By Chris Shaw
Gramsci rightly identifies that in the modern political environment, simply recognising actors as either public or private, in the realm of states or markets respectively, is problematic. Unfortunately the crux of international political economy has accepted this modernist doctrine, tacitly deifying the rationalist discourses of action and modernity which underlie such conceptions. For a large bulk of IPE, as well as other social sciences such as economics and political science, this is the held belief. Rationalism guides human action, which inevitably means a continuous desire for capital accumulation, the expansion of capitalist cultural doctrines, and the belief that the individual is entirely the scope of investigation.
But of course this public/private discourse is far too simplistic to truly understand the extent of social relations and arrangements which provide governance and institutionalisation. Gramsci noted that in the public sphere, there exists a dialectic of civil society (the collection of organic institutions that range from the mannerisms of society to the voluntary governance arrangements such as townhalls and churches) and the state (which is perceived as the mechanism of implementation, mainly reliant on coercion and top-down infrastructure). The way a functioning public government works is by reconciling these two (seemingly non-reconcilable) sides. Thus most modern states, particularly those in the Global North, rely on the combination of a coercive state framework and a civil society infrastructure which legitimises the coercive practices and top-down authority. Thus states, to a large degree, rely on not just pure monopolised violence, but also on legitimising ideologies which allow it to create discourses and frameworks that may well have been rejected by civil society in its capacity to be a separate sphere of public government.
Equally, the private side of this dialectical equation is in many ways constructed by these statist and domineering discourses. The development of a capitalist mechanism of accumulation, grounded in private property and the control of the means of production, came almost entirely from the state’s mandate of it. Large scale ownership of production outlets and the relations of wage labour, where artificial economic classes were created, are entirely developments of the state in its accumulation of land during the enclosures, its encouragement of state credit through the development of central banking, and its destruction of the organic feudal relations which preceded this capitalist construction. This is not to say that private property relations cannot exist without the state. A multitude of tribal forms of property as well as elements in the feudal system proves this to be false. However, the extent to which private property relations inform modern society, and the importance this is given, is a creation of statist dynamics, which is justified both through coercion (as seen in the enclosures) and the development of a justificatory doctrine (modernist concepts of rational human action and the deification of a business class) which brings civil society onside.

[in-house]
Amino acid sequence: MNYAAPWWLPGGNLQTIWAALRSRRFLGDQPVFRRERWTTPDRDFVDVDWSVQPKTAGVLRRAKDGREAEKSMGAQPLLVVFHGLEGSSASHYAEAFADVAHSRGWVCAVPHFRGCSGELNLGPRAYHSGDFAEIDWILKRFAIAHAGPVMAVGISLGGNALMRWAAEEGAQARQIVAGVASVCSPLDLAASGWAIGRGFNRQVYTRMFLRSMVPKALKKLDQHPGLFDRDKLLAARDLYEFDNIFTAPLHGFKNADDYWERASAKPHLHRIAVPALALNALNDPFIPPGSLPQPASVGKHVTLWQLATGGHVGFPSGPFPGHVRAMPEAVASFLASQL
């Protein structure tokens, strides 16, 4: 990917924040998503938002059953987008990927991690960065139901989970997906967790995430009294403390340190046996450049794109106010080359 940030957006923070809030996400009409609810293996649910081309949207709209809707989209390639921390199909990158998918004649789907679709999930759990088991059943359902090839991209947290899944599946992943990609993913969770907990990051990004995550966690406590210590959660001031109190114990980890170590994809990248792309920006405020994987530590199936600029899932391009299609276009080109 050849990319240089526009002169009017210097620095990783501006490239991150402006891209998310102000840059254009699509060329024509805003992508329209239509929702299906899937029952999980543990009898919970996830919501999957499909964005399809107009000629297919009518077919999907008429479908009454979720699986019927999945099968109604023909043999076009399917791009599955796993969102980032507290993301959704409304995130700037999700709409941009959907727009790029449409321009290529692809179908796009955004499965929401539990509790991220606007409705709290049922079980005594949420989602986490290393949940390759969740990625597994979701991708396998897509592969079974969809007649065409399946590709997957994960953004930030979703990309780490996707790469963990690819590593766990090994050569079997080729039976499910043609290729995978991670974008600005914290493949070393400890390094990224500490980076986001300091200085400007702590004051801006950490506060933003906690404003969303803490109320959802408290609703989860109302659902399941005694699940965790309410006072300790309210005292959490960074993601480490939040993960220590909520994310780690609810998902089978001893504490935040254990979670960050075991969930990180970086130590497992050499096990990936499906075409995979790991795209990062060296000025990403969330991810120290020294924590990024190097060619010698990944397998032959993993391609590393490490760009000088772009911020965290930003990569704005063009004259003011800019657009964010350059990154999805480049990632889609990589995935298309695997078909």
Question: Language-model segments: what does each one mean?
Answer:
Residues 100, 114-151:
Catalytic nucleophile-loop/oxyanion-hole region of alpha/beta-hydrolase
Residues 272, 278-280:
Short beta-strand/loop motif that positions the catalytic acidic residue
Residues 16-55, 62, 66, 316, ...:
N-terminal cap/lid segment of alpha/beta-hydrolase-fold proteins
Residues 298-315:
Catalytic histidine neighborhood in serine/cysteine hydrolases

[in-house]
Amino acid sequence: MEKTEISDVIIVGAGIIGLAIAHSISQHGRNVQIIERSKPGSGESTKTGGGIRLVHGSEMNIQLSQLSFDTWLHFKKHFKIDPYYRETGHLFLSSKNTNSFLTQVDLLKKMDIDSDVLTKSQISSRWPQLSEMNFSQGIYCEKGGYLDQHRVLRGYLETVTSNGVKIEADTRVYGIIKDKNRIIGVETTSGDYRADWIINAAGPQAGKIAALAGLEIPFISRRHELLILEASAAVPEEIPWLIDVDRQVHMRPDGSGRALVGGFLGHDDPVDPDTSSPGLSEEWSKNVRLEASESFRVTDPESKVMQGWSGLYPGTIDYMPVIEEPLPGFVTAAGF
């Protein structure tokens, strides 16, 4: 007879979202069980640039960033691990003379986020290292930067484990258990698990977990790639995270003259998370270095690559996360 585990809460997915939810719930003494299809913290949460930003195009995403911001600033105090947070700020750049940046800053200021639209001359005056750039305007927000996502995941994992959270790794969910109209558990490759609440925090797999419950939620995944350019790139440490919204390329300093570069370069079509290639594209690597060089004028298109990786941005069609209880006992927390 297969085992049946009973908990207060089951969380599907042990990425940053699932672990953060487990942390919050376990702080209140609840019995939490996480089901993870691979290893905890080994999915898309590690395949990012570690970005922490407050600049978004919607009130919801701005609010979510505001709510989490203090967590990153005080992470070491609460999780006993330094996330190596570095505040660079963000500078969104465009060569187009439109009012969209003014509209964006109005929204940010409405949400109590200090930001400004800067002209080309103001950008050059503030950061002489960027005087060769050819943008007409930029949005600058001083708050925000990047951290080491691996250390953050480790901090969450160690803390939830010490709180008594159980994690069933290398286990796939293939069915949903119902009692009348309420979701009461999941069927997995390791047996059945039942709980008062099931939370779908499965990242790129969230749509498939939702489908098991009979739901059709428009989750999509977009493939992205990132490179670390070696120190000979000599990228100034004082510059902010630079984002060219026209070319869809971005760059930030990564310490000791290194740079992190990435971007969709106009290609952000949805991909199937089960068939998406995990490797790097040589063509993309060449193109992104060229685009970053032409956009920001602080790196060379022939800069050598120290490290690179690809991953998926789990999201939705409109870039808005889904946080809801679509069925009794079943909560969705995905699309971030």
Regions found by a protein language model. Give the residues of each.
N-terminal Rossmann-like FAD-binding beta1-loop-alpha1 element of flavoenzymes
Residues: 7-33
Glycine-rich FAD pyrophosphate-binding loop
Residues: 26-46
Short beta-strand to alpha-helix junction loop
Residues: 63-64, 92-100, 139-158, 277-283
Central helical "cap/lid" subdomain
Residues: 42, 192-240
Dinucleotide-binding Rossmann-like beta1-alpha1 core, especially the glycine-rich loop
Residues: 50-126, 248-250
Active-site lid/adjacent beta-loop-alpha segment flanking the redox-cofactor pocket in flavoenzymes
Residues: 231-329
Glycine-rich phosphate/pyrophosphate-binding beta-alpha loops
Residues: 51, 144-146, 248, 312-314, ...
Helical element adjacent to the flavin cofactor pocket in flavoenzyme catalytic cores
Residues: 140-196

What becomes evident then is that much modern business practice, and the development of private property which underpins it, are public creations. When the vulgar libertarian defences come out, which justify what any company does to its employees or what it does the general public, they are entirely based on this separation of public and private, where the private is the realm of capitalism and thus not legitimately opened by public introspection. But as Gramsci shows, this ideologising is entirely false when taking the historical view. Thus in conceiving of a free society, in this case one based around voluntary relations of socio-economic activity, where governance is decentralised and pluralistic, many business practices, grounded in private property relations and subsidisation by the state, are entirely open to inspection by the organs of civil society, that voluntaryistic body of governance informed by common law and the organic history of the community. And in the civil society/state dialectic, it should become obvious that such a dialectical relation is untenable if freedom and liberty are valued.
One cannot have true freedom while living under the yoke of a private tyranny, as much as they cannot have it under a public tyranny. Libertarians go down the wrong path when believing in depoliticisation of the economy. Instead, they should support a bolstered demos, informed by the public governance which regulates and embeds the wider economy in the systems of the polity. Ignoring the constructed reality of modern markets will not free them. But recognising their construction, and attempting to embed them in systems of regulation which allow for the development of freed markets (in the DeLandian sense), may well move society forward to a voluntaryistic concept of society and economy.
Above all, people should be extremely critical of modernity and the ideologies which have legitimised and emplaced it. We should not fool ourselves into believing the Whiggish doctrines which suggest neverending progress. Instead, let us construct new economic realities, market-based or otherwise, which maximise economic security and the embedding of the self-ownership principle in the wider social prism of collective decision-making. Let us stop falling into accepting certain dichotomies (like capitalism/markets and states/civil society) while ignoring others (embeddedness/markets and regulation/private property). By recognising the failures of modern markets, libertarians and anarchists can potentially get out of the quagmire of making modernity a religion, and instead start focusing on real alternatives.